Ribadu: A defection not-so-surprising

Olumide Iyanda

Buzz by Olumide Iyanda

Email: oiyanda@yahoo.com Twitter: @mightyng

Olumide-IyandaAnd so – after months of denial – former Chairman of the Economic and Financial Crimes Commission (EFCC), Mallam Nuhu Ribadu, has announced his “carefully considered decision” to dump the All Progressives Congress (APC) for the Peoples Democratic Party (PDP). The only persons who didn’t see that coming were either blissfully naive or in denial. Even as a chieftain of the country’s main opposition party, Ribadu never took his criticism of the government at the centre beyond words. For him, there was no harm serving a PDP-led Federal Government “regardless of our affiliations, our differences, and our engagements.”

Ribadu contested the 2011 presidential election on the platform of the Action Congress of Nigeria (ACN), one of the parties that merged to form what is known today as APC. He lost to PDP’s Goodluck Jonathan. That election held on Saturday, April 16. On February 7, 2012 – some 10 months after – the Federal Government announced that Ribadu had been appointed chairman of the Petroleum Revenue Special Task Force (PRSTF) following the nationwide strike and protest against the removal of fuel subsidy in January. The task force was mandated to investigate and recommend ways of sanitising the oil industry, which reeked of corruption.

A statement from ACN’s conveyor belt of press releases told Ribadu back then that he was on his own if he accepted to serve the Jonathan administration as chairman of PRSTF. According to ACN’s National Publicity Secretary, Lai Mohammed, the party “wish to reiterate our position barring any member of our party from taking any appointment whatsoever from the PDP-led Federal Government. Any member of our party who takes such an appointment does so in his personal capacity.” The former police officer however left no one in doubt of his desire to accept the offer.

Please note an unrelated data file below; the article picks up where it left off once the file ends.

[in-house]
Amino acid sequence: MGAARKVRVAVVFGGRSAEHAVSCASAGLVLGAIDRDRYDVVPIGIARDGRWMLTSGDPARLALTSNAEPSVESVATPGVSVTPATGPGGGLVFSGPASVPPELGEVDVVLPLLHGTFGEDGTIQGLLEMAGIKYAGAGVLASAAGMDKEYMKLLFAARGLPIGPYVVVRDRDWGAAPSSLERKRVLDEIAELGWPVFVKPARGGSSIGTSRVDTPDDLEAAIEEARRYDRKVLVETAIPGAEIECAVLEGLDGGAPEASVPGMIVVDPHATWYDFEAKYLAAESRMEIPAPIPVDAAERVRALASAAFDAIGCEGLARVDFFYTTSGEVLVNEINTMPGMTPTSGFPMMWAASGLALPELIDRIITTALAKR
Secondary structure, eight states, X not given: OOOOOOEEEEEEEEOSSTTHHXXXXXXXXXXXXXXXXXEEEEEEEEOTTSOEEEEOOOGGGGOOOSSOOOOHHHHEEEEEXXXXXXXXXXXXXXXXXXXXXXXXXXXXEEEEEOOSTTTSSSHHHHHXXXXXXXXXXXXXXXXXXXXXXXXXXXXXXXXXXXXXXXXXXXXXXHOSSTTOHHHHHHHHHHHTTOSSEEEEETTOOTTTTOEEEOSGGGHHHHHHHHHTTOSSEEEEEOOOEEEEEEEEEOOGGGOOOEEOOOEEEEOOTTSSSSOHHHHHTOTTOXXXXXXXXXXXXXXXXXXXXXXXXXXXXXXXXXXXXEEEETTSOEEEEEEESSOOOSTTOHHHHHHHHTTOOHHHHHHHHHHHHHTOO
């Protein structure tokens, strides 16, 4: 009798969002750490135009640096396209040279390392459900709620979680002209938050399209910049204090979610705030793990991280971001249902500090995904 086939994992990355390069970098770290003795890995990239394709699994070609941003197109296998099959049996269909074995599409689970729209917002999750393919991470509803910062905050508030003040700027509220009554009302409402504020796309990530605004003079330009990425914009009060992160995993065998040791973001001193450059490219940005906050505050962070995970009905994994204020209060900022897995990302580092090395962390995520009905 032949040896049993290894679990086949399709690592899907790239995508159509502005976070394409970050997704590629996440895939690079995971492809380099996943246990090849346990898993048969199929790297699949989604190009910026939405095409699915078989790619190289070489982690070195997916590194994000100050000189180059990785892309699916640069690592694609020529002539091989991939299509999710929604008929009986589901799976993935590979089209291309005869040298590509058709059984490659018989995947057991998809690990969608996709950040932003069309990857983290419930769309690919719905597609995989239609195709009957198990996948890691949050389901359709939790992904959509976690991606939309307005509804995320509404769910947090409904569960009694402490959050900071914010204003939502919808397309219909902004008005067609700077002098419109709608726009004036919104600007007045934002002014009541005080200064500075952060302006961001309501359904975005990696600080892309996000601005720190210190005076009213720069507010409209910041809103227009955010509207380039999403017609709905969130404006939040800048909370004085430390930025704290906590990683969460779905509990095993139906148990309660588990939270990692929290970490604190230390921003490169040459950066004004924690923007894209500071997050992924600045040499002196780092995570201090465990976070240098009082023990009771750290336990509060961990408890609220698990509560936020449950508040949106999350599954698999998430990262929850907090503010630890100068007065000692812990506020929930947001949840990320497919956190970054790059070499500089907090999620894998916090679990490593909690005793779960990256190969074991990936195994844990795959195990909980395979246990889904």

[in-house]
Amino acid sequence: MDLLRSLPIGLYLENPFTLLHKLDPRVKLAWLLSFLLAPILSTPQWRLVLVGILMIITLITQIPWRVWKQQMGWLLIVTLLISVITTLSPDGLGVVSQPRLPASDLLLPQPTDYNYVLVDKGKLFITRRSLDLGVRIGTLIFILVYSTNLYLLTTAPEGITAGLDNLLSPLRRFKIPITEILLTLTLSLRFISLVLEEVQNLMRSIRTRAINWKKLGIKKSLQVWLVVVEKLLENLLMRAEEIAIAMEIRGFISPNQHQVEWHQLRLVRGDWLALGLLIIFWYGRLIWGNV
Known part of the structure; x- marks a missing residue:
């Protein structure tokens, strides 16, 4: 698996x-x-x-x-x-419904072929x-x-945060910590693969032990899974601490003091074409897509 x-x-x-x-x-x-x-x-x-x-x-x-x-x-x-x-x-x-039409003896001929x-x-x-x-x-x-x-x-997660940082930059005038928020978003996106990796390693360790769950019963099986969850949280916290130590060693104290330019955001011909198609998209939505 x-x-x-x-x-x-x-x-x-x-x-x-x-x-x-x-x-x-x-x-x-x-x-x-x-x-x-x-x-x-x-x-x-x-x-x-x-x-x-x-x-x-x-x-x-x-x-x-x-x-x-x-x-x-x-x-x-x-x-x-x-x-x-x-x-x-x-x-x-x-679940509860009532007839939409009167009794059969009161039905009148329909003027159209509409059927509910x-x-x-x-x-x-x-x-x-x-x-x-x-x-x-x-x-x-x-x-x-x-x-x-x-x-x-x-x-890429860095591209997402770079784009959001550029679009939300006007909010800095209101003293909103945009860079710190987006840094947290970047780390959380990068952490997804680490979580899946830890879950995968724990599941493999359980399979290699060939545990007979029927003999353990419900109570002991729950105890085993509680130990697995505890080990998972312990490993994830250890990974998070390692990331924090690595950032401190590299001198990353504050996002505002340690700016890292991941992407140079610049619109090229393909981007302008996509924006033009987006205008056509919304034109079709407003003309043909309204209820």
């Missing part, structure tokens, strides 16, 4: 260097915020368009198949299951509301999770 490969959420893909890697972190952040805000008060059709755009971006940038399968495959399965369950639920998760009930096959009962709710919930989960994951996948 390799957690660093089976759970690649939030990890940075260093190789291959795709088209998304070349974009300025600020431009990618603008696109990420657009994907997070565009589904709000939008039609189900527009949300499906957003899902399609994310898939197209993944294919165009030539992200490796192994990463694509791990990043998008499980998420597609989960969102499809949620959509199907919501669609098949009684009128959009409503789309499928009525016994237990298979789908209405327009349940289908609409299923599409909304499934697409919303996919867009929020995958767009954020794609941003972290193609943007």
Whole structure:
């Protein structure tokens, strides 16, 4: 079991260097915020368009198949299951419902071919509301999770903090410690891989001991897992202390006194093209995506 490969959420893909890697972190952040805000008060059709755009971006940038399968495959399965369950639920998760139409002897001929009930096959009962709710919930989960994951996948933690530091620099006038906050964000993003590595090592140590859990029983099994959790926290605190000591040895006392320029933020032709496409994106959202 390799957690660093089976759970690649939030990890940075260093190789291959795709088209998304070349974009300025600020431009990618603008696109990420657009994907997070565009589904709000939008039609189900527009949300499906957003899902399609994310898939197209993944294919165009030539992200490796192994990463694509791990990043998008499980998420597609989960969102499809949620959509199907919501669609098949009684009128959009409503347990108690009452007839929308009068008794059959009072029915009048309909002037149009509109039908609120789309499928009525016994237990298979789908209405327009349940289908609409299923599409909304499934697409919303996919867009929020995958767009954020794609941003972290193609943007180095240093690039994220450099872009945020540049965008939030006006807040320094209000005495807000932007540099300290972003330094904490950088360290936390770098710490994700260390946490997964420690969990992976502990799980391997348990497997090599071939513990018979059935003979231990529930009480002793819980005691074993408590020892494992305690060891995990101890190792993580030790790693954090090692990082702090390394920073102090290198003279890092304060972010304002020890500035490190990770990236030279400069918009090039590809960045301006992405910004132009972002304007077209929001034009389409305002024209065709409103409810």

Speaking from Afghanistan where he was on a United Nations assignment in 2012, Ribadu said: “Regardless of our affiliations, our differences, and our engagements, it is at least safe to say that we have a national consensus on the deadly impact of corruption on our march to greatness, and on the capacity of our people, particularly the youth, to earn a decent, promising life. If we would effectively isolate and defeat this scourge, therefore, we must all see it as a pre-eminent national security threat. We must see it as a war within our borders, a war that has assumed a systemic and endemic character, but to which all must now urgently enlist with our different capacities, or accept to all go down with the ship. At this point in my life, it is also easy to answer the honest question if it is inappropriate to invest my modest talents and capabilities to my country what I have readily offered many foreign communities, from sister nations in Africa to far-flung places like Afghanistan.”